One popular model in electric utility restructuring assumes a fully competitive merchant segment providing retail energy services. These "retail energy service companies," or RESCOs, would offer...
Power Pools & ISOs: Monitoring Market Power in a Restructured Industry
of bilateral trading arrangements, especially given FERC's apparent predilection to protect the sanctity of the latter. The three northeastern pools, which have for decades had more inclusive and centralized trading arrangements than other regions, should provide the first test.
The other major monitoring issue in California has been whether monitoring should be limited to conduct specific to auction markets or whether it should look also at broader issues that have dominated most recent antitrust debates in this industry, such as market structure.
Some in California's governance structures advocated not dealing with market power abuses at all but only with other forms of manipulation distinctive to these markets. %n3%n FERC's late 1997 orders, however, made clear that it expects the monitoring units to detect market power abuses in the auction markets and that it welcomes their input on broader issues of market structure. However, FERC recognizes that the resolution of these issues more likely would occur in other contexts such as FERC or antitrust agency proceedings.
Fines, Penalties and Corrective Action
One reason that the FERC prefers broad-scope surveillance in California stems from a recognition that simply setting up programs to monitor market power does not presuppose that the programs will be equipped to deal with abuses once they are identified.
In proposing their monitoring "plans" to FERC, both the ISO and PX contemplated (and FERC accepted) a menu of options for enforcement or corrective action in descending order of probable use. At the top of the list is prospective modification of the detailed rules of new markets to eliminate design flaws that permit market power abuse or other forms of manipulation (using ADR where appropriate to broker compromises between conflicting stakeholder views). Notably, the proposed New England monitoring plan adopts a similar approach, preferring deterrence rather than punishment for exercises of market power, seeking explanations from market players for apparently problematic conduct before acting and allowing them to institute ADR reviews of ISO mitigation actions.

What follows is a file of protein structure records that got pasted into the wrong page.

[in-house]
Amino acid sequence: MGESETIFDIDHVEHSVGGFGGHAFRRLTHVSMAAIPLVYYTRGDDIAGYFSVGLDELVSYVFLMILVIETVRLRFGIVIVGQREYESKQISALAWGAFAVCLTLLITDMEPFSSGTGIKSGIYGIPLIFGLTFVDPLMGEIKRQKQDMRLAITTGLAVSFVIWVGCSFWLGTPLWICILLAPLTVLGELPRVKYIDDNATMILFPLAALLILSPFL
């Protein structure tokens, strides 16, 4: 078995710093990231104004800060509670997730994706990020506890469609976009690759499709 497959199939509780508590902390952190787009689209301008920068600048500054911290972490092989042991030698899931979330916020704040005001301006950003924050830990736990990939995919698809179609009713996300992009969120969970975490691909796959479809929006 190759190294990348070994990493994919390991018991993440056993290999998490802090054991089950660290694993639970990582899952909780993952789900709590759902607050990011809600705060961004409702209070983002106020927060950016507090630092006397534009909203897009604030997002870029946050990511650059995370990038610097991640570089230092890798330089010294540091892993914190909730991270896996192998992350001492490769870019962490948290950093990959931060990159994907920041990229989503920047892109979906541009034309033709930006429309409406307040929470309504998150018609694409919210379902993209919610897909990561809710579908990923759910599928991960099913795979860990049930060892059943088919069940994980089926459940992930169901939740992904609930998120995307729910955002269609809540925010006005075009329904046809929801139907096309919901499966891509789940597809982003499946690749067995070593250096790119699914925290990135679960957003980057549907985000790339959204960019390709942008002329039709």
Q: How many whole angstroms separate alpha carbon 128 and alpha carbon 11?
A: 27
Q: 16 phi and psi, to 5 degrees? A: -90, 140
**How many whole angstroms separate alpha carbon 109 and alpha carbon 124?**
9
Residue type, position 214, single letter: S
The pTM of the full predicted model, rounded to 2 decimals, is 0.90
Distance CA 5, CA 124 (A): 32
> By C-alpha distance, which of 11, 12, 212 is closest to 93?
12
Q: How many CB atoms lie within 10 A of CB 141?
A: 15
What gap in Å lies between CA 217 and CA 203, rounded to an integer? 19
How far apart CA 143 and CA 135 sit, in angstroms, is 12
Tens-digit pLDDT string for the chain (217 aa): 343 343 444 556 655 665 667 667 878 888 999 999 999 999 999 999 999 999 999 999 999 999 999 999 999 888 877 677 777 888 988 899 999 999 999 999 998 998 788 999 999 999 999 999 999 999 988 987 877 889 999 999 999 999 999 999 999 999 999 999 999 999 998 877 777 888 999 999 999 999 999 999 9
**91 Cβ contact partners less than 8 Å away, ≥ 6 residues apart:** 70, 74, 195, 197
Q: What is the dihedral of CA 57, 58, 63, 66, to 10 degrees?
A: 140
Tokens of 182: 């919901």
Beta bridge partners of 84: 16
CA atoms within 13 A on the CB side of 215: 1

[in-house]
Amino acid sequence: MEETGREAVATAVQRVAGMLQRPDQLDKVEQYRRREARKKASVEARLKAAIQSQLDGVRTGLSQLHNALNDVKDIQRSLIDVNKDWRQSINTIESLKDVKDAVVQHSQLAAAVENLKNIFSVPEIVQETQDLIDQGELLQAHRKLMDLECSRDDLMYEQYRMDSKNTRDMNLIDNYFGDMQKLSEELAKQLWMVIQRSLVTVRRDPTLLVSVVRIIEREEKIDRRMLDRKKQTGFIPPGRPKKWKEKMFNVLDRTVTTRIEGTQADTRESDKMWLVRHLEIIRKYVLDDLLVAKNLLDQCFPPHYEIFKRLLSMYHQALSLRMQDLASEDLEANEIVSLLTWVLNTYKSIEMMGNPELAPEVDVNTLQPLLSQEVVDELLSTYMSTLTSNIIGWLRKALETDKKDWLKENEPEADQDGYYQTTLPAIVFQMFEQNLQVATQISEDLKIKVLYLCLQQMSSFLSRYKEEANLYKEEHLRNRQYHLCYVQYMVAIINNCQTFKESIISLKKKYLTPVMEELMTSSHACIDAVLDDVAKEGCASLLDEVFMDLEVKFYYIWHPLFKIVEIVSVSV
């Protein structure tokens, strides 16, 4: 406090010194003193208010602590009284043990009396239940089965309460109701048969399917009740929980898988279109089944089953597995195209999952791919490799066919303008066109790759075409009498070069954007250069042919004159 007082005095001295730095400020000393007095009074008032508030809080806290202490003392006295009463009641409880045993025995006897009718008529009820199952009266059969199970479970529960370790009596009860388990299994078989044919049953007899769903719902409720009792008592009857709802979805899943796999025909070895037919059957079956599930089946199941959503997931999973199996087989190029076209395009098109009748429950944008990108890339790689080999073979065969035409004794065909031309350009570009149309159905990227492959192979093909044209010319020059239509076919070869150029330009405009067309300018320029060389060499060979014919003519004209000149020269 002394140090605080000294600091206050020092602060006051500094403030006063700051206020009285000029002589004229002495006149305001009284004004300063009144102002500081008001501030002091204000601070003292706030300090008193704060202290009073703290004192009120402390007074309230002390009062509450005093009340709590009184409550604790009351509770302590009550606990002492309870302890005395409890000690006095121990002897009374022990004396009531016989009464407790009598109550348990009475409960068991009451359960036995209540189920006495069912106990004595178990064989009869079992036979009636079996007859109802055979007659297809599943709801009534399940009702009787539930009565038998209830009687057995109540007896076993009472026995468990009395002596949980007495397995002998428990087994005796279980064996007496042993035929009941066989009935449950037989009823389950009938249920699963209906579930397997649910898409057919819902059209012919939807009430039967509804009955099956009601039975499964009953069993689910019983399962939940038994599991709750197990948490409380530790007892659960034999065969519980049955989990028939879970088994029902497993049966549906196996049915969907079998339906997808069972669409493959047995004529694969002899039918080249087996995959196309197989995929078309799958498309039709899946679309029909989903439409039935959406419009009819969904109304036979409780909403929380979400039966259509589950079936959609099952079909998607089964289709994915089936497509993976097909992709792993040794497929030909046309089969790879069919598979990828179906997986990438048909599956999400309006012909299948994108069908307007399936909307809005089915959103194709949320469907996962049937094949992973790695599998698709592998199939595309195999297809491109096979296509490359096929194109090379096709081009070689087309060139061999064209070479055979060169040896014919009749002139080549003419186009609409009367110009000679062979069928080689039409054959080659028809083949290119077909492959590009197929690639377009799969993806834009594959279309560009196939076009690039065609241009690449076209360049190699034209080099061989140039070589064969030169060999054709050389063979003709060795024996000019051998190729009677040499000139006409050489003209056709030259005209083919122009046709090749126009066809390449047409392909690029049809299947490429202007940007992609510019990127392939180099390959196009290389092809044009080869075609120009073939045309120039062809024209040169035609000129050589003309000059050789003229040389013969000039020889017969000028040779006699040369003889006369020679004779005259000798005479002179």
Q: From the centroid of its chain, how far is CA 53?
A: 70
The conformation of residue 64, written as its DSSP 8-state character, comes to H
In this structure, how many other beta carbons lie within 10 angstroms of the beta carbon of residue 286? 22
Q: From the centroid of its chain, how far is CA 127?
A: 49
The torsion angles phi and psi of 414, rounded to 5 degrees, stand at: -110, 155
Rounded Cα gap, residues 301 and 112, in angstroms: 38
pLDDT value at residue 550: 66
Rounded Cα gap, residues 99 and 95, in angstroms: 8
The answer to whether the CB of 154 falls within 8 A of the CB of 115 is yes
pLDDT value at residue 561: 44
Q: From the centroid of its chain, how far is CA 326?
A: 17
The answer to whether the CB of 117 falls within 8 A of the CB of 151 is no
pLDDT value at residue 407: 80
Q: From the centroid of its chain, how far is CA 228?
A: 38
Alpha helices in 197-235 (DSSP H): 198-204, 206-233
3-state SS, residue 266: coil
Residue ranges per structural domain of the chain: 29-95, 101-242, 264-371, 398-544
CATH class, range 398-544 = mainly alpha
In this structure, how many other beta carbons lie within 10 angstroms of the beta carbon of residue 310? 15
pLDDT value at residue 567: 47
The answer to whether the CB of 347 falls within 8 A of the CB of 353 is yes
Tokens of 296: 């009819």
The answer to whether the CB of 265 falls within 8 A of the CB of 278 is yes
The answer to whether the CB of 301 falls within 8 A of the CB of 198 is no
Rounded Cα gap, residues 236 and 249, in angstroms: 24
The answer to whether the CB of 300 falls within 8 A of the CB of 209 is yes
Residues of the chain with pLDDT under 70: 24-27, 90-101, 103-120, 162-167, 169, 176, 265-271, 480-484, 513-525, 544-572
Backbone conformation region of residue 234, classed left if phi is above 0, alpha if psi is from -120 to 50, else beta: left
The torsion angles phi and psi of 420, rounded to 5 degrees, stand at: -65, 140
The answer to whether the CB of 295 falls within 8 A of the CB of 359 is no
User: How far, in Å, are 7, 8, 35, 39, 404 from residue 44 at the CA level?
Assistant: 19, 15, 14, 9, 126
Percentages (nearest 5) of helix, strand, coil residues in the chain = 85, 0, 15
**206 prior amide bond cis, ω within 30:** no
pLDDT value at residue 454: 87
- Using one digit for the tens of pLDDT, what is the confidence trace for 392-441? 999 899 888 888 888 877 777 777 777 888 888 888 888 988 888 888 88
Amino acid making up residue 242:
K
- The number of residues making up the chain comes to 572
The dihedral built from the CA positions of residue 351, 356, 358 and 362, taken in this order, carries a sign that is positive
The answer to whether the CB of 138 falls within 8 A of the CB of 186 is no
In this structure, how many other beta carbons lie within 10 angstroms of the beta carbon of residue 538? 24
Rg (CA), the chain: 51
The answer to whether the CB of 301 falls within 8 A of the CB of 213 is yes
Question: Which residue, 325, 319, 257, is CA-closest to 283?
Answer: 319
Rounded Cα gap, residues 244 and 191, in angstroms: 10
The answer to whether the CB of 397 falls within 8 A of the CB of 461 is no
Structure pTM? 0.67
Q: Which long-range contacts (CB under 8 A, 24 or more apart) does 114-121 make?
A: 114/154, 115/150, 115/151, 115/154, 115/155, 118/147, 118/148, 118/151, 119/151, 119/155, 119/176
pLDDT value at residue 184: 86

For clear offenses of existing rules, the California ISO and PX will develop a menu of fines and other sanctions. The Commission, sensitive to its own prerogatives and limitations in this area, already has signaled that it will scrutinize carefully these assertions of enforcement authority, especially where they involve limiting the rights of market players to compete.
Where serious violations of FERC's regulatory policies or those of the antitrust agencies are perceived, direct referrals to these agencies probably will be used. The monitoring programs may provide information, and perhaps their views, to the pertinent agency but leave the discretion to take corrective action in its hands.
In situations such as California's, where the ISO and PX both have stakeholder-dominated governing boards, special attention has been given to the "independence" of the monitoring programs (em by ensuring them a direct avenue to the regulators and antitrust enforcement agencies where a potential exists for stakeholder interests in the governance structure to block effective action.
In northeastern pools, where each system has now proposed governing boards of external experts, unaffiliated with any stakeholders, the concern over the "independence" of the